From my point of view it wasn't that Google got better, but AltaVista, particularly the Advanced Search, got worse due to AltaVista doing the most idiotic things. AltaVista simply doesn't work right anymore. Presumably they let the work experience coders screw around with the algorithms. The Advanced seach, which I would probably still be using if it hadn't changed, no longer gives correct results for boolean expressions. Some of the pages it comes up with have no relevance whatsoever to the boolean search you type in.

    IMHO the strength of AltaVista's boolean searching was the strength of AltaVista - with that gone, it was a foregone conclusion that the whole thing would come tumbling down.

  • Is it just me, or has no-one mentioned http://www.google.com/linux [google.com] It can be useful to add linux to all your searches automagically, and you do get a groovy tux in the google logo to boot.
  • Keep on killing AltaVista, and then when they get really desperate, pick up Babelfish for a song!

    Now that they've got Deja under their umbrella, Babelfish is all Google needs to be...

    Best.... Search Engine.... Ever!

    ~Philly
  • Yes, old indexes are bad, but Altavista has another, rather more serious problem: it doesn't yield very useful searches, because it's susceptible to spamming. Of course, if you never tried anything better than Altavista, you are used to roommage among the junk an Altavista search produces, but I am now spoiled: Google is so much better at filtering out the stupid porn sites. Also, Google is able (with some magic or AI) to sort the pages by actual relevance: I usually find spot on the first page Google finds. With Altavista, that's almost never the case.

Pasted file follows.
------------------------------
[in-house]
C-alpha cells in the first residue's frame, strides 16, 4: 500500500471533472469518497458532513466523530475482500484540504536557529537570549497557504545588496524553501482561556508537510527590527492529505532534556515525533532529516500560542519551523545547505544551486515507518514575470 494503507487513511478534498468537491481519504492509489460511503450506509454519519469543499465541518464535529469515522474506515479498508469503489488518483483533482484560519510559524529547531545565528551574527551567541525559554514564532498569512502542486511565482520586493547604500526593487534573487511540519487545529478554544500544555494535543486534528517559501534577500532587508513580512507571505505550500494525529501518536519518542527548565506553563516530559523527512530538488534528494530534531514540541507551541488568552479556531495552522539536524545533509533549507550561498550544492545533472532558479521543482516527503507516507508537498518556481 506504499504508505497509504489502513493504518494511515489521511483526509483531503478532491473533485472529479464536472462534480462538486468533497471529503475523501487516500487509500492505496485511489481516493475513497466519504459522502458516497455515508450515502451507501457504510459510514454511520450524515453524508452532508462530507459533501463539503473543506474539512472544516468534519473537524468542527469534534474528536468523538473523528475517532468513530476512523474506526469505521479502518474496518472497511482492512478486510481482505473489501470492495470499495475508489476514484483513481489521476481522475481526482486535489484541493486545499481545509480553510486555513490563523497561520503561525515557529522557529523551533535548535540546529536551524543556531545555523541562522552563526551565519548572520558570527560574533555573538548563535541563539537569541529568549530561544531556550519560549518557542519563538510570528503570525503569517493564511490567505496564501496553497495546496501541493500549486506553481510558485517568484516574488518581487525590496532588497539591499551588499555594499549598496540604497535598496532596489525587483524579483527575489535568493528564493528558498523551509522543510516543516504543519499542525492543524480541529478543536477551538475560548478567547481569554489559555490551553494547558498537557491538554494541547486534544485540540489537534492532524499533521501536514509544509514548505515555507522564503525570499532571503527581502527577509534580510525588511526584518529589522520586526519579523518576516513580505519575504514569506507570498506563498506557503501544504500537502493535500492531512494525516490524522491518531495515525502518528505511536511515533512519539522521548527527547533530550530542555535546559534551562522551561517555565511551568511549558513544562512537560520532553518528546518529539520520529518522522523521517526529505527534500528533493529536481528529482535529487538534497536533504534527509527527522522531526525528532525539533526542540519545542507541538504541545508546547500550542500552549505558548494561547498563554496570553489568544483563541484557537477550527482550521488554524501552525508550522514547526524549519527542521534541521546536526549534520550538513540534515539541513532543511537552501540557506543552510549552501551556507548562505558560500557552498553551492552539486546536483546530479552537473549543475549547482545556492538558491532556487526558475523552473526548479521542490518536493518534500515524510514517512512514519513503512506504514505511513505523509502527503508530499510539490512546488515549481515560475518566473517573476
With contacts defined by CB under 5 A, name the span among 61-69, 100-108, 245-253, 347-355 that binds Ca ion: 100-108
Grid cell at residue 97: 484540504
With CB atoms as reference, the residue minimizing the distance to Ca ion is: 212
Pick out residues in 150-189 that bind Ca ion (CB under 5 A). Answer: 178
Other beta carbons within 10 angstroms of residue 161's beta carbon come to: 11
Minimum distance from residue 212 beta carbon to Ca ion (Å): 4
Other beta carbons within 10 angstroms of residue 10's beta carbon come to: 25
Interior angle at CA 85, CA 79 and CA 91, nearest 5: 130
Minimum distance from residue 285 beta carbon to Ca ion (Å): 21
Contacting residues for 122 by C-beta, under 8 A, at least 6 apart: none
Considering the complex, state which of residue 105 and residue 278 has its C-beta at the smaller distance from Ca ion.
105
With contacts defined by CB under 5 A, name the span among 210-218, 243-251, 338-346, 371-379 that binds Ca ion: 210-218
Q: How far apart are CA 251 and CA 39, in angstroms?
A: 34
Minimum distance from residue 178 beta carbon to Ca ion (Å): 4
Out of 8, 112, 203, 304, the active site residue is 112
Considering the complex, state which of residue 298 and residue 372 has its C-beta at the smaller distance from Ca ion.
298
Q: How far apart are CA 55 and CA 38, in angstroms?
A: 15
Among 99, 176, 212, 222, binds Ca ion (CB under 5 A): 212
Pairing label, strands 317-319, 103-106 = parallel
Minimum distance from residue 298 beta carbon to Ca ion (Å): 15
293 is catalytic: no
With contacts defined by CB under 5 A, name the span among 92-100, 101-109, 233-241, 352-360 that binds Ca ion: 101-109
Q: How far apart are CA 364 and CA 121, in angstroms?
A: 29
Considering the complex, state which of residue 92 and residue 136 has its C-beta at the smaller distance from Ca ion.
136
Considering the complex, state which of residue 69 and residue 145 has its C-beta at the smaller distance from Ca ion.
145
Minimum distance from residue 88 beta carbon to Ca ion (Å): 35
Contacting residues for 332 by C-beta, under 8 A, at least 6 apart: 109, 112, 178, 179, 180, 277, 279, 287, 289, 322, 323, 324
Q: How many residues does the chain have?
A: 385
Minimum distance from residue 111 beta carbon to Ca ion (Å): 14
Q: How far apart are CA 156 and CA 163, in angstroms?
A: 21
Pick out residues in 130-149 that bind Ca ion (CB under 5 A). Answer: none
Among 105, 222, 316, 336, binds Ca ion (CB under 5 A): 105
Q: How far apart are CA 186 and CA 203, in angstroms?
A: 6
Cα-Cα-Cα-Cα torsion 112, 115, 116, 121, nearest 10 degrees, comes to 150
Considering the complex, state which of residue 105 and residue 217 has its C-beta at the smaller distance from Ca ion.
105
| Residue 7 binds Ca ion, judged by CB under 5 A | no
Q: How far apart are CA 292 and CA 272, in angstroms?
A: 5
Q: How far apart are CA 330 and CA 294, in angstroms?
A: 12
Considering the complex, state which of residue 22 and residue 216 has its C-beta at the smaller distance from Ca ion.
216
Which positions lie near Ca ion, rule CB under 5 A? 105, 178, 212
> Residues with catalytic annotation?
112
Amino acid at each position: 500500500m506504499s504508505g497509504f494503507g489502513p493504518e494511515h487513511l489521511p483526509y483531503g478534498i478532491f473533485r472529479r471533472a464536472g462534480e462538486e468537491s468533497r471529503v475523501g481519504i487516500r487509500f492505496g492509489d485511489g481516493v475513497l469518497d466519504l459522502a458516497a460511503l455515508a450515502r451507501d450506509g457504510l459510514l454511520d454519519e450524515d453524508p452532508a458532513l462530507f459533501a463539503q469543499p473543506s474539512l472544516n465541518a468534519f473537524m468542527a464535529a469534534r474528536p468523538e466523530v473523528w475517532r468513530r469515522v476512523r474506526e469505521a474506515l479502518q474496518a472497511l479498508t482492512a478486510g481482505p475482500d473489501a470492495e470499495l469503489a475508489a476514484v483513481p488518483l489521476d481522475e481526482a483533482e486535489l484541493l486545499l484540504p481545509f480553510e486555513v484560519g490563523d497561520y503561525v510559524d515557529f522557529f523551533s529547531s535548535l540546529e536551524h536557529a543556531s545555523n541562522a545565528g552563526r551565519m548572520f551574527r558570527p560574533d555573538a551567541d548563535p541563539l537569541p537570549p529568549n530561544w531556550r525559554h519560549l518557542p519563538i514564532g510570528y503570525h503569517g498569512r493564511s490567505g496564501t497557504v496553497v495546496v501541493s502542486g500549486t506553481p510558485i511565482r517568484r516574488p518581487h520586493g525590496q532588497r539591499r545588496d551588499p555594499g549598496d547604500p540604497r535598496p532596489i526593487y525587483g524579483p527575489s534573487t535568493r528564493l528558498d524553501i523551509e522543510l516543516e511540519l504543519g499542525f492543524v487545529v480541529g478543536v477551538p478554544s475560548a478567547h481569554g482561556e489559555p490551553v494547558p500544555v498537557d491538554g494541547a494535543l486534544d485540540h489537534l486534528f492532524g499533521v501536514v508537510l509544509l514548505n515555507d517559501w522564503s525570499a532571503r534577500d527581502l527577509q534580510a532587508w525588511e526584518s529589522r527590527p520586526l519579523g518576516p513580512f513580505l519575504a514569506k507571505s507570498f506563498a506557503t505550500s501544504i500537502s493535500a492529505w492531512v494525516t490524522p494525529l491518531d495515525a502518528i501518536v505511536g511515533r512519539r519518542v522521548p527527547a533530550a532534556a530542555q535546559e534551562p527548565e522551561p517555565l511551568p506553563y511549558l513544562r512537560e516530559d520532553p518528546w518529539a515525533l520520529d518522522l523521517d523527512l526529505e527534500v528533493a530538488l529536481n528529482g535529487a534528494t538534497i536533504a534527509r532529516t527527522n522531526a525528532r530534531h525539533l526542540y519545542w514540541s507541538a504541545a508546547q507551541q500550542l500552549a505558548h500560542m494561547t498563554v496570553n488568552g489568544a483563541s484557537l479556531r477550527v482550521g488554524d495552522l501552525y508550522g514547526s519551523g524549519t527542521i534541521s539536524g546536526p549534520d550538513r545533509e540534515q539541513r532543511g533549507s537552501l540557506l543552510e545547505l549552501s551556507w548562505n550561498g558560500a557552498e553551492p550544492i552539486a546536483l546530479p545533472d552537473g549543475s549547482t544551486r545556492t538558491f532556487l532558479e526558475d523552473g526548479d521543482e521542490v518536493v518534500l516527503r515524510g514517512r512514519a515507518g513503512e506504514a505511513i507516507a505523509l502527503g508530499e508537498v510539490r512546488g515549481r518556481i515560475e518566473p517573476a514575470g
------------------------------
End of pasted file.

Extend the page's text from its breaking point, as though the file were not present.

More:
Google spoled me so badly that I now avoid by all means using any other search engine, it's THE standard by which I judge all the other search systems. Altavista doesn't come close.

  • Altavista was the first powerful internet crawler and indexation engine. There were some other (Yahoo...) but most submission were manual, and AV had far more entries when it was launched.
    I can remember, some times ago, when ports 80 of all my subnet were scanned by a machine from digital.com ... Like many other sysadmin, I wrote to root@digital.com to complain... 2 months later, AV was born.
    Sure, today, AV can't compete with Google. I'm not especially talking about the search engine itself. But AV web pages are bloated by tons of ads, and it's really lousy to use nowadays.
    But maybe internet would never had a lot of powerful engine without AV. It was the seed (and it saved Digital, too... without this fantastic demo, Digital was about to go bankrupt) .
    This is just like Netscape. Nowadays, everyone says that Netscape sucks, and that their browser is a crappy bugs collection. True. But with its so criticized "proprietary" HTML extensions, Netscape made web pages way better than before. Remember how ugly were Chimera and Mosaic? Remember how Netscape 3 kicked ass? And who introduced Javascript and Java first?
    So, even if some companies/services have been obsoleted by their competitors, we should thank them for what the piece of technology they brang to everyone, and we should give them eternal respect.